David W. Scholl, Department of Geophysics, Stanford University, Stanford CA 94305; dscholl@pangea.stanford.edu


Andrew J. Stevenson, U.S. Geological Survey, Menlo Park, CA 94025; astevenson@usgs.gov



Coastal mountain building in response to the collision of the Yakutat block with the easternmost sector of the Aleutian subduction zone (ASZ)shed large volumes of sediment and runoff water to the deep sea floor of the Gulf of Alaska (GOA). An important fraction of the sediment stripped from the continent by elevated and glaciated drainages entered the eastern sector of the Aleutian Trench and continued westward in turbid flows to pool up seaward of the Aleutian Ridge. In the eastern GOA, a separate large fraction formed the upper sedimentary sequence of the Surveyor fan (Fig. 1).

Runoff accompanying sediment discharge was virtually entirely exported to the west by the coastal Alaska Stream of the Subarctic Gyre. This voluminous, low salinity current enters the Bering Sea by pouring northward across the Aleutian Ridge through between-island passes (Fig. 2).

            Distal or far-field consequences of the westward export of synorogenic sediment and water from GOA drainages are conjectured to have contributed importantly to:

·         formation of a 20-40 km wide, ~2500-km-long accretionary prisms,

·         recycling, via sediment subduction, of a large volume of synorogenic sediment to the mantle,

·         the onset of rapid late Cenozoic tectonism and volcanism along the Aleutian Ridge,

·         chilling and isolation of the north Pacific’s Subarctic Gyre by the snuffing of a center of thermohaline circulation in the Bering Sea



Subduction accretion is the tectonic addition of rock and sediment from the underthrusting lower or ocean plate to the rock and sediment framework of the upper plate—i.e., the convergent margin. During the past 5-7 Myr sediment from GOA drainages maintained a landward-thickening wedge of turbidite deposits along about 2500 km of the Aleutian Trench. Subduction of the Pacific plate continuously inserted the wedge into the ASZ and, as a consequence, constructed a frontal prism of accreted trench-wedge sediment (Fig. 3). The prism, in front of a backstop of much older material, extends more or less continuously from about Kayak Island (144.5OW) westward to about Attu Island (173OE). The typical width of the accretionary mass is 20-30 km.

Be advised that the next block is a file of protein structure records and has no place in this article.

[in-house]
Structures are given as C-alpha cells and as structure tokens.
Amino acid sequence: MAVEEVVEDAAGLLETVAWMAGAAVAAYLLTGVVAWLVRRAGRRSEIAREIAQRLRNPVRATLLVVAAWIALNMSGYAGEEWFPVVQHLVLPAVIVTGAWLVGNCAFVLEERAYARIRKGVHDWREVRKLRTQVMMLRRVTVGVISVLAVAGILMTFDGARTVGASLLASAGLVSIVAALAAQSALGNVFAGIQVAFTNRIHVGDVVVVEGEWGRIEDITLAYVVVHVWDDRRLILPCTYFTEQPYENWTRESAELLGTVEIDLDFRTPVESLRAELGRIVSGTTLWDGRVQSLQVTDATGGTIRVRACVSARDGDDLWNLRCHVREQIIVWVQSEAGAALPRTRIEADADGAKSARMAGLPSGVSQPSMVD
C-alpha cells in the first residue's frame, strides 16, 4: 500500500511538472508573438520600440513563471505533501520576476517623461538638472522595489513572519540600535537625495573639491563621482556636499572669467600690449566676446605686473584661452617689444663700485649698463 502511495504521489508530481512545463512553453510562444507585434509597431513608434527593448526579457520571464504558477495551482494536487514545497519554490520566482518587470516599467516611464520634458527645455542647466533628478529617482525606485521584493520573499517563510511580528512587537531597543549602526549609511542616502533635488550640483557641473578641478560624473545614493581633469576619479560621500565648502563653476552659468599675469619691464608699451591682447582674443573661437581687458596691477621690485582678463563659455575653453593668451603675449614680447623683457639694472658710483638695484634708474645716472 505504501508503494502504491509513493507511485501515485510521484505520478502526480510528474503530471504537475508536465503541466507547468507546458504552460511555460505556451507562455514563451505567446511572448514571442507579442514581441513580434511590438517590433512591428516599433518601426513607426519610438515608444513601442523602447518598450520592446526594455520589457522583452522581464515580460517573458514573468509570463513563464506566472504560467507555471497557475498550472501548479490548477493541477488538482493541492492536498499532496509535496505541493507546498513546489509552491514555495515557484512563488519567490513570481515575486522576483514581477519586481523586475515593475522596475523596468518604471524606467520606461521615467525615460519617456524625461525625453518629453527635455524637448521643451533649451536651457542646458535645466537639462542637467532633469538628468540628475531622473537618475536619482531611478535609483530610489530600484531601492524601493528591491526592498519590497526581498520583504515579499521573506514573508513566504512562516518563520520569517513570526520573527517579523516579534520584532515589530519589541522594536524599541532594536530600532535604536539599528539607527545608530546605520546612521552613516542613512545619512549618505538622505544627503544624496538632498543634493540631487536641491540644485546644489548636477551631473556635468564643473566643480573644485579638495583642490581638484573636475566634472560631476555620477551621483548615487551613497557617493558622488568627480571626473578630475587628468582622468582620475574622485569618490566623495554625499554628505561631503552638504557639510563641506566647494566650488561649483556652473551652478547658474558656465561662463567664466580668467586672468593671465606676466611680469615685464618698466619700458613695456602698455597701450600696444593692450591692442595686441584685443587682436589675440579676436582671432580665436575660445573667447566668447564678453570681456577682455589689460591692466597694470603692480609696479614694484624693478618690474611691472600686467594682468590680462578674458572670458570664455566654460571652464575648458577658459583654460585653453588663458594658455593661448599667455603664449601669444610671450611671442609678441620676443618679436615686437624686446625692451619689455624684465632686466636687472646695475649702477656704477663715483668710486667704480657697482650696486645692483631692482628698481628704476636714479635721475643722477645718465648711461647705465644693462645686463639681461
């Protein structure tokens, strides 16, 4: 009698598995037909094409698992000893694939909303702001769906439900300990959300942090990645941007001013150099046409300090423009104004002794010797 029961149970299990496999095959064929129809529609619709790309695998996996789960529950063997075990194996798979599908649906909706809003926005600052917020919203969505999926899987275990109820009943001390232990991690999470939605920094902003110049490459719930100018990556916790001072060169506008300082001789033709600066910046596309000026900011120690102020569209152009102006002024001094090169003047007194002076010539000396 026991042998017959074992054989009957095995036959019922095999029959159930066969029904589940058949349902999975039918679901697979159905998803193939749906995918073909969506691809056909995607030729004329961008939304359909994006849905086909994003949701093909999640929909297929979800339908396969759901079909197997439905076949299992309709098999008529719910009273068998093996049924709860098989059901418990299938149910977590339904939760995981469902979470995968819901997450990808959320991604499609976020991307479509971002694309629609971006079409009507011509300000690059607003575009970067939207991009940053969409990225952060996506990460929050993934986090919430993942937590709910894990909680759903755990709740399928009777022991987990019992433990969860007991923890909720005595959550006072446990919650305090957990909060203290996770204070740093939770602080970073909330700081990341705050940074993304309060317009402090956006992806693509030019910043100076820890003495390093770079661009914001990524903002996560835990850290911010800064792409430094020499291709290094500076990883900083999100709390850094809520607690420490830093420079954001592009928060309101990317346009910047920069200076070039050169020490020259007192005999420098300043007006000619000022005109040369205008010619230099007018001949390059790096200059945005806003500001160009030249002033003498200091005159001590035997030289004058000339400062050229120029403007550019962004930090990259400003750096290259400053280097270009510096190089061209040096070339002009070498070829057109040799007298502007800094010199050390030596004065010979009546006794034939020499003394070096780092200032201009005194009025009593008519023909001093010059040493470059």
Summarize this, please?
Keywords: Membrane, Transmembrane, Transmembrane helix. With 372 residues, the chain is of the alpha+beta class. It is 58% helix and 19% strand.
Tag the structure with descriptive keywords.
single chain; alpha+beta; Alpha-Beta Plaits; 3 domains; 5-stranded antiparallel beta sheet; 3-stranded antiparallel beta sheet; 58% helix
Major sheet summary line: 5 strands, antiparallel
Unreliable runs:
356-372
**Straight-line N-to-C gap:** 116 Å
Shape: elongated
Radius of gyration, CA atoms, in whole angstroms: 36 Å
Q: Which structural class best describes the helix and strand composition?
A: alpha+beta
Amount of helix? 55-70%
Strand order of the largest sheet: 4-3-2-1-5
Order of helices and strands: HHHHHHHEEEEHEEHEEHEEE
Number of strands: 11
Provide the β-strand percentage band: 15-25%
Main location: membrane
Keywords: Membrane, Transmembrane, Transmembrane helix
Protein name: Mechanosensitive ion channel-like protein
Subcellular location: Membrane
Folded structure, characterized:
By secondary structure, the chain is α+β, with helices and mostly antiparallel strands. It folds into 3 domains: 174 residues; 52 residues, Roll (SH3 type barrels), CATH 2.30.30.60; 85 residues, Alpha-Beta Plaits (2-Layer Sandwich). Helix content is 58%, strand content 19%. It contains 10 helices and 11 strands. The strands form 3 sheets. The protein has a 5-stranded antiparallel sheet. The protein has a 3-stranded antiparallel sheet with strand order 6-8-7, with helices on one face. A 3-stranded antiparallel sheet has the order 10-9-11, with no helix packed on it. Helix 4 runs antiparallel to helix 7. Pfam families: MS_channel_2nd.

Sediment subduction is the tectonic by-passing of the frontal prism by sediment lying below the interplate decollement. Sediment that passes landward beneath the base of the prism’s backstop of older rock is defined as subducted sediment. For the Alaska, the backstop is the seaward terminus of early Tertiary and older continental crust. Eocene arc magmatic rock forms the backstop for the Aleutian accretionary prism.

Drilling and geophysical observations demonstrate that sediment subduction is astonishingly efficient for all convergent margins except those bordered by large accretionary prisms. For margins fronted by medium size frontal prisms 10-40 km wide (~50 % of all subduction zones), the efficiency of sediment subduction is ~80%. The Aleutian frontal prism falls into this category, meaning that it incorporates only about 20 % of the sedimentary column that entered the ASZ during the past 5-7 Myr. The entering column is more than just the trench wedge but also underlying pelagic, hemipelagic, and terrigenous units that accumulated seaward of the trench, for example the largely clastic beds of the Surveyor fan body in the eastern GOA (Fig. 1). Virtually all of these non-wedge units are subducted beneath the backstop.

            Sediment masses tectonically removed from the trench axis and adjacent floor of the north Pacific can be roughly estimated. Since the late Miocene the along-trench thickness of sediment entering the subduction zone is estimated to have averaged ~2 km (presently 1-4 km), the average orthogonal underthrusting rate, which decreases westward, is ~50 km/Myr, and the length of trench involved is ~2500 km. During the past 6 Myr the volume of sediment that entered the ASZ is accordingly estimated to be ~1.5 x 106 km3 (average porosity ~50%). About 20% of this volume of synorogenic sediment, or 0.3 x 106 km3, has been moved from the ocean basin to the front of the upper plate and stored there as the Aleutian accretionary prism (average porosity 20-30%). The volume of the present axial wedge of synorogenic sediment is ~0.05 x 106 km3.